Those involved the Miami's 10/10/10 events included Urban Paradise Guild, Branches Florida City, 1Sky, Konbit Haiti, Surfrider, Sierra Club, Greenpeace, Blue Climate Solutions, 1Sky, Greenpeace, Emerge Miami, Oceana, ECOMB, Top Green Magazine, Repower America, Florida International University Students for Environmental Action, and many others.

USA, Fort Myers, FL – Mangrove planting
Florida Gulf Coast University students and faculty planted mangroves in Fort Myers, FL, as part of the 350.org Global Work Party for action on climate change. Mangroves were planted as an “investment in offsetting the carbon dioxide produced by the campus.” Over 80 students and faculty members participated.

Many thanks to the Mangrove Action Project, Tonga National Youth Congress, Rainbow Warriors International, and Bill Mckibben of 350.org for help in compiling this review.

-Steven Lutz, Blue Climate Solutions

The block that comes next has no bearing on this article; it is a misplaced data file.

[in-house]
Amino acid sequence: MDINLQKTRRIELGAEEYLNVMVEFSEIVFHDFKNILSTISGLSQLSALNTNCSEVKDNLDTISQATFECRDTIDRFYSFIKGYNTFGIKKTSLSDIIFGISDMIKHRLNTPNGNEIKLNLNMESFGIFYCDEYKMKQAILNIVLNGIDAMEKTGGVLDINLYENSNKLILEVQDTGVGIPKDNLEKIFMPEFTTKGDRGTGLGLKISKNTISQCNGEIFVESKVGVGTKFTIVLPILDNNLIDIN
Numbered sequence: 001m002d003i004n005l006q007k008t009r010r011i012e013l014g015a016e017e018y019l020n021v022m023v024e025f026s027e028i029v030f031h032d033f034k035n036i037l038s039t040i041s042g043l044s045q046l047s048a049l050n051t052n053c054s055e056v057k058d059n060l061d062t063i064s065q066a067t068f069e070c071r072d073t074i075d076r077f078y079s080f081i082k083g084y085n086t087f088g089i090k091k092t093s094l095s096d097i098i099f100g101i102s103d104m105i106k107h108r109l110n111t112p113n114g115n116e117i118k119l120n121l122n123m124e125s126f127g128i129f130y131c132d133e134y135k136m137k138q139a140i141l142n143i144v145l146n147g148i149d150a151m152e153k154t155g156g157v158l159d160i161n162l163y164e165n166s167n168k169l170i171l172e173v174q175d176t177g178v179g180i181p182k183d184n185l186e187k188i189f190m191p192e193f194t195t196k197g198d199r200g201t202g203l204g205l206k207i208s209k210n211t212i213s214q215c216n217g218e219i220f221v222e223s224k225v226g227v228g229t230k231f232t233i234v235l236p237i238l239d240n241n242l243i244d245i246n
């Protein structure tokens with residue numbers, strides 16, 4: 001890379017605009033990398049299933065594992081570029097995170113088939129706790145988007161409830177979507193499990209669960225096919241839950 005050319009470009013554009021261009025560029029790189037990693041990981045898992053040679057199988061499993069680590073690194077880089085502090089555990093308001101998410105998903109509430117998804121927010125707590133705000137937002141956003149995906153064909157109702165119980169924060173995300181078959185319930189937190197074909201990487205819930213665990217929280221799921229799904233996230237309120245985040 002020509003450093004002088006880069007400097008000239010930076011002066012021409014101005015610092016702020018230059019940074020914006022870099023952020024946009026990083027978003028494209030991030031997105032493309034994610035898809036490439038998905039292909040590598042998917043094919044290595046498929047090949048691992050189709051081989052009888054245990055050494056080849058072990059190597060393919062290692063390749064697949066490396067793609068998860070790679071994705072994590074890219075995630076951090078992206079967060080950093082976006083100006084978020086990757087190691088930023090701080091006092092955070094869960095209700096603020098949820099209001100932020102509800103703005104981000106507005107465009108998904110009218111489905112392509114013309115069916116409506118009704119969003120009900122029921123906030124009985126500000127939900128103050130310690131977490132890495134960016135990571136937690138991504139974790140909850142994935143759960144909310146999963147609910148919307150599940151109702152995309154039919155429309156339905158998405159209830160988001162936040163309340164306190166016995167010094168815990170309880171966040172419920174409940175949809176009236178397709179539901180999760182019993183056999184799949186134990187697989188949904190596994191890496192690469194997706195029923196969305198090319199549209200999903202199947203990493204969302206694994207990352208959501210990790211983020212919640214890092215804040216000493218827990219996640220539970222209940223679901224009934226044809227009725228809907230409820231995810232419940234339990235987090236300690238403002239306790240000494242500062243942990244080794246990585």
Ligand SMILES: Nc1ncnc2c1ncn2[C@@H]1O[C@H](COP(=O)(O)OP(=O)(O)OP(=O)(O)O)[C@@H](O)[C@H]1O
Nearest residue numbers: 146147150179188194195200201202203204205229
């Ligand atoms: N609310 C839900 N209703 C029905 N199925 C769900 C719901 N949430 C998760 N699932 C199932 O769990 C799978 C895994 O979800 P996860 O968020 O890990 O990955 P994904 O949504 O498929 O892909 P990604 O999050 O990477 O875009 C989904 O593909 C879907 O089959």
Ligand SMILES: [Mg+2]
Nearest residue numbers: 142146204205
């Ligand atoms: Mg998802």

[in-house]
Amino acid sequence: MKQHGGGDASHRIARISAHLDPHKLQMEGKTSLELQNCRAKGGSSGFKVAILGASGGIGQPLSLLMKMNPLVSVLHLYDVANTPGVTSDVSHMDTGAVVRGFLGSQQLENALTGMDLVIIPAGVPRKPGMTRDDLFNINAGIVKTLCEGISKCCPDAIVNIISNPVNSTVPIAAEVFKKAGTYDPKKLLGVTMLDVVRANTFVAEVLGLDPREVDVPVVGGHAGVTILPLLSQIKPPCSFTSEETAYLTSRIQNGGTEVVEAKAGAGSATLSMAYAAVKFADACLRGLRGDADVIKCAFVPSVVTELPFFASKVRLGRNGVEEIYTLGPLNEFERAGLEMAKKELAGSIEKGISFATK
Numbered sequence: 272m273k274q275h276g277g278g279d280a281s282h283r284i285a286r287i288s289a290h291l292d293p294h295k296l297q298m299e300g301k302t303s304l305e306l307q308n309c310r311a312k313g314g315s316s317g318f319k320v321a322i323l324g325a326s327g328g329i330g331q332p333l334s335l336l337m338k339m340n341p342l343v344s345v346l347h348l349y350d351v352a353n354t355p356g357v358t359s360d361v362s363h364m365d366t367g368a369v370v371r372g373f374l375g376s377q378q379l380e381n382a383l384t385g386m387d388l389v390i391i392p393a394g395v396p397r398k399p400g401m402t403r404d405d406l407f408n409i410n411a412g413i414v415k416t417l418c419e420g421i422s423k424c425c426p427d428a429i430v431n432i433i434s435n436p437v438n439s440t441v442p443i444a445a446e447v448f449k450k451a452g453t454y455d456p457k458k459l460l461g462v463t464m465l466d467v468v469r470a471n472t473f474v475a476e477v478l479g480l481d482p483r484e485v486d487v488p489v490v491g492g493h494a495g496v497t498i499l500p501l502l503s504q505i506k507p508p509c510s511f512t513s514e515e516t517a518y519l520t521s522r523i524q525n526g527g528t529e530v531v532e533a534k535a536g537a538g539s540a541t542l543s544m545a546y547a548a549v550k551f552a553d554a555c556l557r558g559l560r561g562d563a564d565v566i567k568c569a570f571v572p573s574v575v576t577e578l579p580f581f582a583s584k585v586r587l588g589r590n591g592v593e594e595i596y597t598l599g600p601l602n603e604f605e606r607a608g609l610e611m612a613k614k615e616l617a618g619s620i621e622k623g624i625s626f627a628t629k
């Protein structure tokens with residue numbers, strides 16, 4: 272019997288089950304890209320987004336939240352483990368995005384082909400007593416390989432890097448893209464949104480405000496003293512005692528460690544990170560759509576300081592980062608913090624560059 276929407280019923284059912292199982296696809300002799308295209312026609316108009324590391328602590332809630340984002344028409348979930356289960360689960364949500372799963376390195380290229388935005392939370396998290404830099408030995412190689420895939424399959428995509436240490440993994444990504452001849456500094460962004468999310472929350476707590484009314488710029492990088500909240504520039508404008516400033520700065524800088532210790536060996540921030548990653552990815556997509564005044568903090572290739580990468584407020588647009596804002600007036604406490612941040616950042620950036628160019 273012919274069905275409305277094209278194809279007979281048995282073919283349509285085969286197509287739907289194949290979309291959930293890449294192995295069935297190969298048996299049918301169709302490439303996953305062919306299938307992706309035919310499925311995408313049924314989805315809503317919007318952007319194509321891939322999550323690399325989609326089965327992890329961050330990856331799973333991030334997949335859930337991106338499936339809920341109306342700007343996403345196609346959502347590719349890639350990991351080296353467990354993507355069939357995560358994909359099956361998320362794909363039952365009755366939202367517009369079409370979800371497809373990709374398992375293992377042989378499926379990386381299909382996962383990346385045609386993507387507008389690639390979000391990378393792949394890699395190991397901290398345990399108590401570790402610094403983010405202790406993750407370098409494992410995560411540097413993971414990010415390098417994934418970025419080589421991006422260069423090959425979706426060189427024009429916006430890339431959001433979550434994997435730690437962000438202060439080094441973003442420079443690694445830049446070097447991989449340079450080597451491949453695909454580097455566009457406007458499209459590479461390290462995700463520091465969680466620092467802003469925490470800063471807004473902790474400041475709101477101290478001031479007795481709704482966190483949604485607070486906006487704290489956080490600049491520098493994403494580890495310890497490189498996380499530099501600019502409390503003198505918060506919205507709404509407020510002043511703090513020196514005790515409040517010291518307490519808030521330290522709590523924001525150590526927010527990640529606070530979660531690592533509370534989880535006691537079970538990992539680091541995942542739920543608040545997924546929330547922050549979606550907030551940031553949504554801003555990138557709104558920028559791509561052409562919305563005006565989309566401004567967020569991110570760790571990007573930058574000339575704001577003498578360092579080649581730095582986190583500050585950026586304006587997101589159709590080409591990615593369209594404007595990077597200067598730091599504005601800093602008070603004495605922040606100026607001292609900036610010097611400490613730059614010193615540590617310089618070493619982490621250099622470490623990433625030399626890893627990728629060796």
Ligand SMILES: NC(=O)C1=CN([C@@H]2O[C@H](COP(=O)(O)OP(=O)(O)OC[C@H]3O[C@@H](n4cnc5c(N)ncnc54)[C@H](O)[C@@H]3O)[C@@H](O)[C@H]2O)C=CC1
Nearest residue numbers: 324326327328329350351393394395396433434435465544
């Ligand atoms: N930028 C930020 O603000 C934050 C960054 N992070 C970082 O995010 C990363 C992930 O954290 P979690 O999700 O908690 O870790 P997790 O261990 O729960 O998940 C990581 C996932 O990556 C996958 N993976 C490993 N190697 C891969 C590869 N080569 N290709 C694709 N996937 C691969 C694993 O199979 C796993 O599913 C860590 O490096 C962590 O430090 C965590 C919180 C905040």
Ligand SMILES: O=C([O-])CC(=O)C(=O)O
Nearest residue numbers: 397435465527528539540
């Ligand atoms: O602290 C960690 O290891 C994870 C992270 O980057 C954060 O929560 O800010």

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Additional information:

Blue Climate Solutions, Mangrove Action Project, and Urban Paradise Guild are also members of the Blue Climate Coalition, an international partnership of over 70 groups and 150 marine scientists from 33 countries drawn together in advancing blue carbon policies. Coalition actions have included the issuing of key support statements to the US White House, Congress, and government agencies. We are currently looking for support and additional groups for our next round of Coalition letters (contact: steven.lutz {at} blueclimatesolutions.org).

UNEP report: “Blue Carbon - The Role of Healthy Oceans in Binding Carbon”, available at: http://www.grida.no/publications/rr/blue-carbon/

IUCN report: “The Management of Natural Coastal Carbon Sinks”, available at: http://wetcarbon.com/docs/coastal-carbon-managment.pdf

2 comments:

  1. Kudous to everyone that made an effort to participate in the 10/10/10 Global Work Party! :)

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  2. This is an inspirational collection of effort for 10/10/10 and thanks Steve for collecting and sharing! emily